SCOTUS prayer ruling seen as ‘hollow victory’ by Linda Stephens

Linda Stephens was a plaintiff in the Town of Greece v. Galloway Supreme Court case. She’s an FFRF Life Member and a member of the Atheists Community of Rochester, N.Y. Her op-ed was printed June 7 in the Rochester Democrat & Chronicle and is reprinted with her permission. To hear her on Freethought Radio, scroll down to May 30 at She and co-plaintiff Susan Galloway will receive FFRF Freethinker of the Year awards in Los Angeles at the 37th annual convention Oct. 24-26.

By Linda Stephens

All is not lost. There are some positives coming out of the recent Supreme Court decision about governmental prayer. First, the court ruled that governments can no longer exclude potential speakers on the basis of religion, as the Town of Greece did for years. If a government relies on outsiders to deliver a solemnizing message at meetings, it must now allow monotheists, polytheists and nonbelievers to do so as well.

That has prompted a number of atheist and humanist organizations to encourage their members to “crash the party” and volunteer to deliver secular invocations at government meetings. The Freedom from Religion Foundation, the largest atheist and agnostic organization in the country, is offering an annual award for the best secular invocation at a government meeting.

Similarly, the Humanist Society is training people to deliver secular invocations. Americans United for Separation of Church and State, which advocates for both theists and nontheists, has just launched “Operation Inclusion,” which aims to help diversify the pool of people delivering prayers/invocations.

Another bright spot: Henceforth, those giving invocations may no longer proselytize or disparage religious minorities or the nonreligious. Having been on the receiving end of some disparaging and hurtful remarks hurled by overzealous Christian pastors at Greece Town Board meetings, I commend the court for laying down the law about this matter.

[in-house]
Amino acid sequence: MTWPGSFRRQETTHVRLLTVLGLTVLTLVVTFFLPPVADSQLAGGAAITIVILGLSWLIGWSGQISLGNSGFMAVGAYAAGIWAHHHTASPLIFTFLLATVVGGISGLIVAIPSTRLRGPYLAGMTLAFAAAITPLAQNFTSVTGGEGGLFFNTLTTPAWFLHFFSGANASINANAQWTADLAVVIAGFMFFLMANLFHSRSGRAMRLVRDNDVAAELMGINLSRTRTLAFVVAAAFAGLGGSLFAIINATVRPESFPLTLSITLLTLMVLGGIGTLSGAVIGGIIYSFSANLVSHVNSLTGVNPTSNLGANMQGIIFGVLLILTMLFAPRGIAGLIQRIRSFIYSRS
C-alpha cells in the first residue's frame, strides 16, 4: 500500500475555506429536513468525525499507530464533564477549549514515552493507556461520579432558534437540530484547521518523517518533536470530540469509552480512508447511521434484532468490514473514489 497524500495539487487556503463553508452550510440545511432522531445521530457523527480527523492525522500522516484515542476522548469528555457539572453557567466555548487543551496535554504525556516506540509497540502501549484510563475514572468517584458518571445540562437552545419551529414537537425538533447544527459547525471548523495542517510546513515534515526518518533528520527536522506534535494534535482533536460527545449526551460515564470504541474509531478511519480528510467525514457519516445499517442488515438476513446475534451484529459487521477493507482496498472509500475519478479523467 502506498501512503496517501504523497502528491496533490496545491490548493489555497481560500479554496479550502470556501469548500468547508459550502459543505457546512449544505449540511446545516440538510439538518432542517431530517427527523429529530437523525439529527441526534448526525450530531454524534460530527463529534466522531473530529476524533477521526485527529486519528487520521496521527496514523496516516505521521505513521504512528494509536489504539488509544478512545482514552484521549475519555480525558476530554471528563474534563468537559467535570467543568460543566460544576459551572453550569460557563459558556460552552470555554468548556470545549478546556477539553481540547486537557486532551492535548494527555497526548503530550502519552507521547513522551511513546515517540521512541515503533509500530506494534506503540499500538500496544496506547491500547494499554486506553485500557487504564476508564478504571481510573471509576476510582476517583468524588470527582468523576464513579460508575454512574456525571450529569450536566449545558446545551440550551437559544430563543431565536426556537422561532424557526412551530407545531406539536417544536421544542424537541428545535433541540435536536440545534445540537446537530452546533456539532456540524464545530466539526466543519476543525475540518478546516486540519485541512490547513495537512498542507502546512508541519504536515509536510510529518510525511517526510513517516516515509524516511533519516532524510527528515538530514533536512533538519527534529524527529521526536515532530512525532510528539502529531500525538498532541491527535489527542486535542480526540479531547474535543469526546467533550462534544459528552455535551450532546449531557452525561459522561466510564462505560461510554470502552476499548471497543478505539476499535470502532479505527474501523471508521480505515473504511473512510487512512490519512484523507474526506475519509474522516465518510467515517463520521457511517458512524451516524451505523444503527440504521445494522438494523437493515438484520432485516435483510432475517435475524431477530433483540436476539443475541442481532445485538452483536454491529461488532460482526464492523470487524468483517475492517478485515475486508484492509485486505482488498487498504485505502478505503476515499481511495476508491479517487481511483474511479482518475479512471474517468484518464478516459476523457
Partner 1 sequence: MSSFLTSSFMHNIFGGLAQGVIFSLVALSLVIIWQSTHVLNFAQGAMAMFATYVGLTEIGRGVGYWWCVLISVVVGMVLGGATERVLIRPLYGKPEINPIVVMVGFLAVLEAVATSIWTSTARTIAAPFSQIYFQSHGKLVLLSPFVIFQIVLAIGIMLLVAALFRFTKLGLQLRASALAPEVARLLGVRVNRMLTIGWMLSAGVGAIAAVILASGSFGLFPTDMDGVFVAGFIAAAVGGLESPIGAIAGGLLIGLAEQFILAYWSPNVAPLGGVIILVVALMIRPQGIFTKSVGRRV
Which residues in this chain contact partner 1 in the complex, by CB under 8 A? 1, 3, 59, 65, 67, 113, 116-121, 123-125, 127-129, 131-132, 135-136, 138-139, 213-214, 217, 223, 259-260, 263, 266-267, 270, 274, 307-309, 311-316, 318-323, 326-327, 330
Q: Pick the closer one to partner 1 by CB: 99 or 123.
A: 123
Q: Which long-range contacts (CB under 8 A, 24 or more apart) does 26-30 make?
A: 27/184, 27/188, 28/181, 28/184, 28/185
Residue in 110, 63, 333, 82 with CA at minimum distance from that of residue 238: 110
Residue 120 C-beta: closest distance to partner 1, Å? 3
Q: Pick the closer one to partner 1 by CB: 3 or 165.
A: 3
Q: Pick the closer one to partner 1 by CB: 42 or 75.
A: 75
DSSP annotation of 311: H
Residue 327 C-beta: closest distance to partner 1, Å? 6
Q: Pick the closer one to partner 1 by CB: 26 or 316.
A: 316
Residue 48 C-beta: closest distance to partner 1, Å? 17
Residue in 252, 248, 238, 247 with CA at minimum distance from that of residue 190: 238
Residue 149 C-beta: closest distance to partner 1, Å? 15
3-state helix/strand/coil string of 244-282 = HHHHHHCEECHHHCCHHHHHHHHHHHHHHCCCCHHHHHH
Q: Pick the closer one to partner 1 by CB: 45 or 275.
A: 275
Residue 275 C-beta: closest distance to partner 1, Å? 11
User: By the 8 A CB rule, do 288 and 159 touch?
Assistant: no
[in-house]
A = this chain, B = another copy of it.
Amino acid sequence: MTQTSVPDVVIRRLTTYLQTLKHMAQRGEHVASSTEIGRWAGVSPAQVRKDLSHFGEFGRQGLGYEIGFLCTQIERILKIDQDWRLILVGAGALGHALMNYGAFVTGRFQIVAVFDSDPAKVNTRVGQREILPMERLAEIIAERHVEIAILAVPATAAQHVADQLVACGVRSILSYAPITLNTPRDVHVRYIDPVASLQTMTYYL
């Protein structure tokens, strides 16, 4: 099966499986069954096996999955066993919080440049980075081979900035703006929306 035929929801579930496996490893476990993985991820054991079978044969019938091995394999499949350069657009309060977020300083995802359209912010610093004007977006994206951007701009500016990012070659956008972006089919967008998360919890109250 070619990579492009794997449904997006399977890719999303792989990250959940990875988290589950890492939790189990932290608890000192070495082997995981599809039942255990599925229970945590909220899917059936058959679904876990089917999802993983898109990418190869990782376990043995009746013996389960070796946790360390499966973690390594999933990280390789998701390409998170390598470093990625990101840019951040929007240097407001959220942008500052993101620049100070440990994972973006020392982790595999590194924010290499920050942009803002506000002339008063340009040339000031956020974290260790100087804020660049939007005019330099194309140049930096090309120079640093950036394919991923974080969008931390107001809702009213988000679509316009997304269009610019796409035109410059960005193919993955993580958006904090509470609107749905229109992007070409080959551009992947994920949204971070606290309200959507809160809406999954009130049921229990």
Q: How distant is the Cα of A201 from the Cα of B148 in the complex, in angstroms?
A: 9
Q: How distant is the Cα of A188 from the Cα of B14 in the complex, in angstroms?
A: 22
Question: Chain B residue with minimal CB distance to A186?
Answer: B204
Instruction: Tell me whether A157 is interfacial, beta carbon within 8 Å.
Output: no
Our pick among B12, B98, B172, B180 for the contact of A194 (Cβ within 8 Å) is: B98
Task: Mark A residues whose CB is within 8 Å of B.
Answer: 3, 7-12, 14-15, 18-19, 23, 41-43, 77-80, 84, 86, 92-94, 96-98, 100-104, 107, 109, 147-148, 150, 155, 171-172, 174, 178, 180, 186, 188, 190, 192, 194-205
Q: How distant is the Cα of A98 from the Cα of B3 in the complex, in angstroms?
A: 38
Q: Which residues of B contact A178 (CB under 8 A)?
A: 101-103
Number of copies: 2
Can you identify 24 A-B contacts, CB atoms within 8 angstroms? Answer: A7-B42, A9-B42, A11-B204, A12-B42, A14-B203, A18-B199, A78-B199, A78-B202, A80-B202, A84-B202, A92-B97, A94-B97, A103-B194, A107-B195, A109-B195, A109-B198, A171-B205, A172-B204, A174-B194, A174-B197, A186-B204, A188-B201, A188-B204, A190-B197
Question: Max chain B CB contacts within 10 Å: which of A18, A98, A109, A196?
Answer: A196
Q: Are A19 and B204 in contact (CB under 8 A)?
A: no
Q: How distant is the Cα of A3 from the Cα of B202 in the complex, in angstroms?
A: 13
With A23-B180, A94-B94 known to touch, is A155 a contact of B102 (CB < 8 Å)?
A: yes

Some Christian pastors are gloating about the court decision, no doubt relishing the idea of returning to business as usual. One Greece pastor told a Democrat & Chronicle reporter that he was “ecstatic about the ruling.”

In November, the pastor told a USA Today reporter: “Do I want everybody to be a Christian? Of course I do.” And as for the residents who complain about the invocations: They need to “grow some thicker skin,” said the pastor.

Not all Christian pastors, it should be noted, are thrilled about this court decision. David Whitney, a pastor in Pasadena, Md., calls the decision “a hollow victory.” Why?

“What really is at question is the role of Christianity in our society. Does it deserve a special place of honor and encouragement? The Court has said no. In that same opinion, part of the reason the Town of Greece was successful in this case, they allowed people of all persuasions, even a Wiccan, to offer a ‘prayer’ at a public meeting. What is even more amazing is that the Town Council said they would allow an atheist to offer the invocation as well.”

Pastor Whitney goes on to say:

“Does it make a difference if Christianity is simply one among a pantheon of religions in America? That it holds no special place in our land?”

Apparently, the court has said just that.

Freedom From Religion Foundation